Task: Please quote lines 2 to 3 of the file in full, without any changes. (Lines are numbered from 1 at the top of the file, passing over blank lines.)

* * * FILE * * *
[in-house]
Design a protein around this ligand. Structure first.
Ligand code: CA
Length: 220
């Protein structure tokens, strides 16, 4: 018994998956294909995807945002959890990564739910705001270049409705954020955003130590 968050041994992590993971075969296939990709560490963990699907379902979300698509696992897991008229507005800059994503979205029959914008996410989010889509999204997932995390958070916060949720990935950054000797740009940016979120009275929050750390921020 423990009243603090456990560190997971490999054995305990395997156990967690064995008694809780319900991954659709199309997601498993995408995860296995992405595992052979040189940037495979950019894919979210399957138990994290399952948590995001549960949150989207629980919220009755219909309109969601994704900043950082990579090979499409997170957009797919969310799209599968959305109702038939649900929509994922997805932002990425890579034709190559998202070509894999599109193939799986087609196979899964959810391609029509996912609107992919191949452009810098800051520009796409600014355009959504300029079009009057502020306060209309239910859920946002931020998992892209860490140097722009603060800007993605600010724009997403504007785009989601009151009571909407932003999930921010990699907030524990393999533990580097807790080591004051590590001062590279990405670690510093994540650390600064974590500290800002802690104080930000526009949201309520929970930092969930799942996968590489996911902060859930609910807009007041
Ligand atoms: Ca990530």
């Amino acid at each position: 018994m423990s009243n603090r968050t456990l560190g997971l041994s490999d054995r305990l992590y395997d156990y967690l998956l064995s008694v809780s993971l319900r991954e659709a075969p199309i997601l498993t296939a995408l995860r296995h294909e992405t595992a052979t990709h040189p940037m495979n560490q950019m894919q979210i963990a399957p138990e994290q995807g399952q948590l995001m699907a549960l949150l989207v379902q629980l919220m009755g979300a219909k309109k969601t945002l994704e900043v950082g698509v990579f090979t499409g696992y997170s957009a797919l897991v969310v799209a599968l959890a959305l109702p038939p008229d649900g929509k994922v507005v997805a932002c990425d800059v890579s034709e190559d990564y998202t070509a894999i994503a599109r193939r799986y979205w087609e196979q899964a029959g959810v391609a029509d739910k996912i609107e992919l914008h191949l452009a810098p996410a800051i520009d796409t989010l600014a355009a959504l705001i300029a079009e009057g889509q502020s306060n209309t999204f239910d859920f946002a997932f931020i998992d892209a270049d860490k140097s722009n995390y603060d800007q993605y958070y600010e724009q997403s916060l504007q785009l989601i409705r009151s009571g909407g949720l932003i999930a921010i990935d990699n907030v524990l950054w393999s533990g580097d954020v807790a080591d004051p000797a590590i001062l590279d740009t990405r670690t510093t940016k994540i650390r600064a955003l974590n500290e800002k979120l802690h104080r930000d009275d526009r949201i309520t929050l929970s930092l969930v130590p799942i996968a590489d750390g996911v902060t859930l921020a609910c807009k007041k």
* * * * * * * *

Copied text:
Design a protein around this ligand. Structure first.
Ligand code: CA